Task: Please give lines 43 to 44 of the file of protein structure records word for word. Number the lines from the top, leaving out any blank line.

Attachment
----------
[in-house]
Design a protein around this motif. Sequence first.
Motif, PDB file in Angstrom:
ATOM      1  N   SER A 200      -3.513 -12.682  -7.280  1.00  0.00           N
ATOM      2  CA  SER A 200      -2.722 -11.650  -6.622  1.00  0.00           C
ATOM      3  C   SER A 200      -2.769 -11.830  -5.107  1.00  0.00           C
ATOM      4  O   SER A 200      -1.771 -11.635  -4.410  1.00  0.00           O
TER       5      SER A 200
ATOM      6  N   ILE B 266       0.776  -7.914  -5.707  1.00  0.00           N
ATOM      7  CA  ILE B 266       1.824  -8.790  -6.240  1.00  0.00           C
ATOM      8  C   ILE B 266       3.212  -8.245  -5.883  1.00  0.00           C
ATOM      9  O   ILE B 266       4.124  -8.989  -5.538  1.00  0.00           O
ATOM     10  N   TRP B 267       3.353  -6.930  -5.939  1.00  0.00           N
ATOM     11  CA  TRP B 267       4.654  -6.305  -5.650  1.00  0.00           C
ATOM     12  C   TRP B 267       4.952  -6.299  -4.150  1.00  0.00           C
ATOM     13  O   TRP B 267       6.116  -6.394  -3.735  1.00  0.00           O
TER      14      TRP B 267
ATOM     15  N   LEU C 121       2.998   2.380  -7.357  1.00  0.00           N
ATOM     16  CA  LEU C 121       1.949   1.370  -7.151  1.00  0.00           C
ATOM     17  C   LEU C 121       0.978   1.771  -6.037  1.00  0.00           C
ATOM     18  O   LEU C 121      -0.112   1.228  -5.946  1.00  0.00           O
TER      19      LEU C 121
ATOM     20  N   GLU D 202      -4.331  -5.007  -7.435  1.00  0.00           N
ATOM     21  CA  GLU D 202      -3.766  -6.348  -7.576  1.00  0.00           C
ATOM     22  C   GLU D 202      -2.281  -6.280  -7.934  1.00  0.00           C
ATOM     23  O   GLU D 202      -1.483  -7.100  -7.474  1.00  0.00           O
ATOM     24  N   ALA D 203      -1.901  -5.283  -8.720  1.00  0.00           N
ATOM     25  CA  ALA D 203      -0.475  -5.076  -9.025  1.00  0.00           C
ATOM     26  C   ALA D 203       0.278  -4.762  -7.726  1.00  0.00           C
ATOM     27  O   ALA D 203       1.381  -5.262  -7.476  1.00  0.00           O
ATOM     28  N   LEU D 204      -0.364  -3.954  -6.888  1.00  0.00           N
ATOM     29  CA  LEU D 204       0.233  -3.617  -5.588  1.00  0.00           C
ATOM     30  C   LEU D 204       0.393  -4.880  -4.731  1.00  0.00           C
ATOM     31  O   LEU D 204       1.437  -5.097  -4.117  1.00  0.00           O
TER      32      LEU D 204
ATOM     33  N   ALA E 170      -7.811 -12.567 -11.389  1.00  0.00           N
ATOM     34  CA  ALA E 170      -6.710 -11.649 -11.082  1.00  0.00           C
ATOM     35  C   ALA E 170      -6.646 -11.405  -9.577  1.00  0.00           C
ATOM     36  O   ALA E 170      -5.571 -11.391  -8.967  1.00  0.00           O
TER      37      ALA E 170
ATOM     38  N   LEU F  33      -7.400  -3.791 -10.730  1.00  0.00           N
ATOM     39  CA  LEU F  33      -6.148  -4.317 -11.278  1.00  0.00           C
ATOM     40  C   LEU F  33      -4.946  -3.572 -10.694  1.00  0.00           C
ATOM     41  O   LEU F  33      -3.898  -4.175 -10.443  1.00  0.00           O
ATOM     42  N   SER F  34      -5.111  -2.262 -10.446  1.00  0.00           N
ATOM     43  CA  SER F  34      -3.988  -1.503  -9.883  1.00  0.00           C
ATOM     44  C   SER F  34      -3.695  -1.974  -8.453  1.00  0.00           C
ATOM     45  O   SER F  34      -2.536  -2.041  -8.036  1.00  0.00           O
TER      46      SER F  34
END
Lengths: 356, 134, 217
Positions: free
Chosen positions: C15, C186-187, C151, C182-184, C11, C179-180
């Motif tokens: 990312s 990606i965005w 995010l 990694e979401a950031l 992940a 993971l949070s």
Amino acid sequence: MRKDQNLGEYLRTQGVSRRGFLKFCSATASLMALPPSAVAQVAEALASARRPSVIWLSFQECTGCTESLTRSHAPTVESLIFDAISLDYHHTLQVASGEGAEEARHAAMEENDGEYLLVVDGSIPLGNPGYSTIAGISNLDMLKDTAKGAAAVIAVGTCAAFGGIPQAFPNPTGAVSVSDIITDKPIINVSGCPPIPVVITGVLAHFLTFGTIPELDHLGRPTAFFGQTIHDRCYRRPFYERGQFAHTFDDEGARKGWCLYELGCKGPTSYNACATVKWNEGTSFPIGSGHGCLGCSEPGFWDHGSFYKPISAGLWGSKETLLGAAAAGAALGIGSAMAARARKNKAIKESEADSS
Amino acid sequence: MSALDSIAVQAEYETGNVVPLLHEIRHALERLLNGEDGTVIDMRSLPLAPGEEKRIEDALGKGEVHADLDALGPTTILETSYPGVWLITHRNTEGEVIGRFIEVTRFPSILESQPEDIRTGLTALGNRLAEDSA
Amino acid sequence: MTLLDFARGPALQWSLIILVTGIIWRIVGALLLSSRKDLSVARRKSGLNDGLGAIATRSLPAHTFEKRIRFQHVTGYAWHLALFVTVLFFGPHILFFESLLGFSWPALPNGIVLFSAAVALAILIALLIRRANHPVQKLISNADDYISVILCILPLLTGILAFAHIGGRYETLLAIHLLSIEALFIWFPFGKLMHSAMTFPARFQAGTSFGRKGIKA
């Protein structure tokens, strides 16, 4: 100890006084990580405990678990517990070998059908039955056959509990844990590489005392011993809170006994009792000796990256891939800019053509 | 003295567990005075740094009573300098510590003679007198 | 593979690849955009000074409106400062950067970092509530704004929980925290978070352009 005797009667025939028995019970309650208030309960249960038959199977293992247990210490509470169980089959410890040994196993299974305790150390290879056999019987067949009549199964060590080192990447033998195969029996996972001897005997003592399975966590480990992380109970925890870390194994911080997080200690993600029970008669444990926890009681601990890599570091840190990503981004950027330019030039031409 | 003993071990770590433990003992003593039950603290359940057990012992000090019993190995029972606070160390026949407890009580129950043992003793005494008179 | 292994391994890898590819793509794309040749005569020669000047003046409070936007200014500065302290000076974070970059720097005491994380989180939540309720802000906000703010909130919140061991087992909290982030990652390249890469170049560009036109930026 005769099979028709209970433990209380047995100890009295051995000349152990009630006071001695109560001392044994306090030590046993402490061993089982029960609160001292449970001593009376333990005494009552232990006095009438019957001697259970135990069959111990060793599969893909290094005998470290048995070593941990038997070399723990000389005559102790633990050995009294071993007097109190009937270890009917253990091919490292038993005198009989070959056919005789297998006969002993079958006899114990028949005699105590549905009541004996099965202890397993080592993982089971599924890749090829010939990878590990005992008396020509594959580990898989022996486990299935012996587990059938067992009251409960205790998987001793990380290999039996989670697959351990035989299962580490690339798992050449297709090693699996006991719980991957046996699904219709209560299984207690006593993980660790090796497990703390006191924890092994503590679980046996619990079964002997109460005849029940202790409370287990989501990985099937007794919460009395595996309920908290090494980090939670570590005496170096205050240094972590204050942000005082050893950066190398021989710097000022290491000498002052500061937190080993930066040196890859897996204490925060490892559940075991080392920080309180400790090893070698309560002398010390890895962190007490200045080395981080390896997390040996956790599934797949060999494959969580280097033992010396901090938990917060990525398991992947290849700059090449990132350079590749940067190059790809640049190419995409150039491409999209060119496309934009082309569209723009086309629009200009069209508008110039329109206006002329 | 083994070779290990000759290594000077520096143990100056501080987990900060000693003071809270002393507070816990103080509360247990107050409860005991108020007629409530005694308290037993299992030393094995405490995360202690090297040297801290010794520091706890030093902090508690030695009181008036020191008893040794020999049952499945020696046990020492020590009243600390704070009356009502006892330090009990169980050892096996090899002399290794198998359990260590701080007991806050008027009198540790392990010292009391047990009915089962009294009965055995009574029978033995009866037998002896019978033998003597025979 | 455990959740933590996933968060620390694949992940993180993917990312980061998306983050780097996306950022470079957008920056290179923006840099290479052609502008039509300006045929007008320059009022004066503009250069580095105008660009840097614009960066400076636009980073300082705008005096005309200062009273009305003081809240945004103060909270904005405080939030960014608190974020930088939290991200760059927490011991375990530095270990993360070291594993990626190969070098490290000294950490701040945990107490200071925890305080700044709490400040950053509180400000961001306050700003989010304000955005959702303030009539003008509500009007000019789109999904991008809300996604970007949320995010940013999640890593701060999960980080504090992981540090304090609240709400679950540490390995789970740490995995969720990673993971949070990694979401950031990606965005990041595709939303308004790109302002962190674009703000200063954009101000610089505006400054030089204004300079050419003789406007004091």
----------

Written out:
ATOM     40  C   LEU F  33      -4.946  -3.572 -10.694  1.00  0.00           C
ATOM     41  O   LEU F  33      -3.898  -4.175 -10.443  1.00  0.00           O